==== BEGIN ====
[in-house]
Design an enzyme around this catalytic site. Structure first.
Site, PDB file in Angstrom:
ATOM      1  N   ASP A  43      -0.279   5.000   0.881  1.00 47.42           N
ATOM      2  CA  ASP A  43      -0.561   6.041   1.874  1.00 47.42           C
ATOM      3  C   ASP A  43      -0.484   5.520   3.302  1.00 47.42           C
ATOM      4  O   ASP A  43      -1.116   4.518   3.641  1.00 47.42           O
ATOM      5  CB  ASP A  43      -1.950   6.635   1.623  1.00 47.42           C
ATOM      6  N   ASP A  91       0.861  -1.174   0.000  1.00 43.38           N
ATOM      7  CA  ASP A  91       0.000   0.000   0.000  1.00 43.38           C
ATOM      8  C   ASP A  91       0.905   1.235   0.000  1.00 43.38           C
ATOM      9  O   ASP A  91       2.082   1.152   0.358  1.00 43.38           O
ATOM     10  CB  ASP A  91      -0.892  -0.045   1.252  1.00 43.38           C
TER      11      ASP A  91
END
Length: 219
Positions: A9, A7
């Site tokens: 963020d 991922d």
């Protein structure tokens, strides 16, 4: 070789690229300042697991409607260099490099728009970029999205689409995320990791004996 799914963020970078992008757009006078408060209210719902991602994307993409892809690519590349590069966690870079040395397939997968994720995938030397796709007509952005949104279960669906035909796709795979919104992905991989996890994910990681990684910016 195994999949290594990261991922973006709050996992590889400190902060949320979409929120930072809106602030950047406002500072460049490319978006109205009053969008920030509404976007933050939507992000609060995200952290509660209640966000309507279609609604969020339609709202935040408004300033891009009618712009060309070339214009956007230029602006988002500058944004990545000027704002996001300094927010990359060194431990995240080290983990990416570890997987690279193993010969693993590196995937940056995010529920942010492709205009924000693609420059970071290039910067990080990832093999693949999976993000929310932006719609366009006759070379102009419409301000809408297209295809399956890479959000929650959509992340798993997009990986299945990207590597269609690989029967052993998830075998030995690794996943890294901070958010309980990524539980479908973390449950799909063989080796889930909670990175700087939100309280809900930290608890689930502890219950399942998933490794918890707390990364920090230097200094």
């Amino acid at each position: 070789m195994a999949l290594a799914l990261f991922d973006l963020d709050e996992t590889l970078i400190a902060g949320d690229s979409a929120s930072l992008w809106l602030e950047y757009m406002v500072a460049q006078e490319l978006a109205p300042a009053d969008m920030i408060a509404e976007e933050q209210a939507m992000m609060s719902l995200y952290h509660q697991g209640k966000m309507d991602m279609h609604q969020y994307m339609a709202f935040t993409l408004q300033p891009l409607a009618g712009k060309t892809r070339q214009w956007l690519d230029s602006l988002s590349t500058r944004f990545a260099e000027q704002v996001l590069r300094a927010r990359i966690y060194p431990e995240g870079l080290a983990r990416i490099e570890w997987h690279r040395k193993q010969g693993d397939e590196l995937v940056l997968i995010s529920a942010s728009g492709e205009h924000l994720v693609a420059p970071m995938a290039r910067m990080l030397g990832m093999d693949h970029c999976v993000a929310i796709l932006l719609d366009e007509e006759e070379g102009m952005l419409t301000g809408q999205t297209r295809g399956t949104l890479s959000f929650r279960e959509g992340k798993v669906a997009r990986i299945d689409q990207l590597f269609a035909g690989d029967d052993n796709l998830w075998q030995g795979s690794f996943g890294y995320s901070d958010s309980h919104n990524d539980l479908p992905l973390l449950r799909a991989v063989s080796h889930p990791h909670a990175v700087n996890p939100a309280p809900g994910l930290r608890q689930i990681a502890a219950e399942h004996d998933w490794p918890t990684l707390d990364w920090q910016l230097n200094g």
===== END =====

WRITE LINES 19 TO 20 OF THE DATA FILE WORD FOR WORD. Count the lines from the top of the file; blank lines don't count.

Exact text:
């Protein structure tokens, strides 16, 4: 070789690229300042697991409607260099490099728009970029999205689409995320990791004996 799914963020970078992008757009006078408060209210719902991602994307993409892809690519590349590069966690870079040395397939997968994720995938030397796709007509952005949104279960669906035909796709795979919104992905991989996890994910990681990684910016 195994999949290594990261991922973006709050996992590889400190902060949320979409929120930072809106602030950047406002500072460049490319978006109205009053969008920030509404976007933050939507992000609060995200952290509660209640966000309507279609609604969020339609709202935040408004300033891009009618712009060309070339214009956007230029602006988002500058944004990545000027704002996001300094927010990359060194431990995240080290983990990416570890997987690279193993010969693993590196995937940056995010529920942010492709205009924000693609420059970071290039910067990080990832093999693949999976993000929310932006719609366009006759070379102009419409301000809408297209295809399956890479959000929650959509992340798993997009990986299945990207590597269609690989029967052993998830075998030995690794996943890294901070958010309980990524539980479908973390449950799909063989080796889930909670990175700087939100309280809900930290608890689930502890219950399942998933490794918890707390990364920090230097200094």
């Amino acid at each position: 070789m195994a999949l290594a799914l990261f991922d973006l963020d709050e996992t590889l970078i400190a902060g949320d690229s979409a929120s930072l992008w809106l602030e950047y757009m406002v500072a460049q006078e490319l978006a109205p300042a009053d969008m920030i408060a509404e976007e933050q209210a939507m992000m609060s719902l995200y952290h509660q697991g209640k966000m309507d991602m279609h609604q969020y994307m339609a709202f935040t993409l408004q300033p891009l409607a009618g712009k060309t892809r070339q214009w956007l690519d230029s602006l988002s590349t500058r944004f990545a260099e000027q704002v996001l590069r300094a927010r990359i966690y060194p431990e995240g870079l080290a983990r990416i490099e570890w997987h690279r040395k193993q010969g693993d397939e590196l995937v940056l997968i995010s529920a942010s728009g492709e205009h924000l994720v693609a420059p970071m995938a290039r910067m990080l030397g990832m093999d693949h970029c999976v993000a929310i796709l932006l719609d366009e007509e006759e070379g102009m952005l419409t301000g809408q999205t297209r295809g399956t949104l890479s959000f929650r279960e959509g992340k798993v669906a997009r990986i299945d689409q990207l590597f269609a035909g690989d029967d052993n796709l998830w075998q030995g795979s690794f996943g890294y995320s901070d958010s309980h919104n990524d539980l479908p992905l973390l449950r799909a991989v063989s080796h889930p990791h909670a990175v700087n996890p939100a309280p809900g994910l930290r608890q689930i990681a502890a219950e399942h004996d998933w490794p918890t990684l707390d990364w920090q910016l230097n200094g």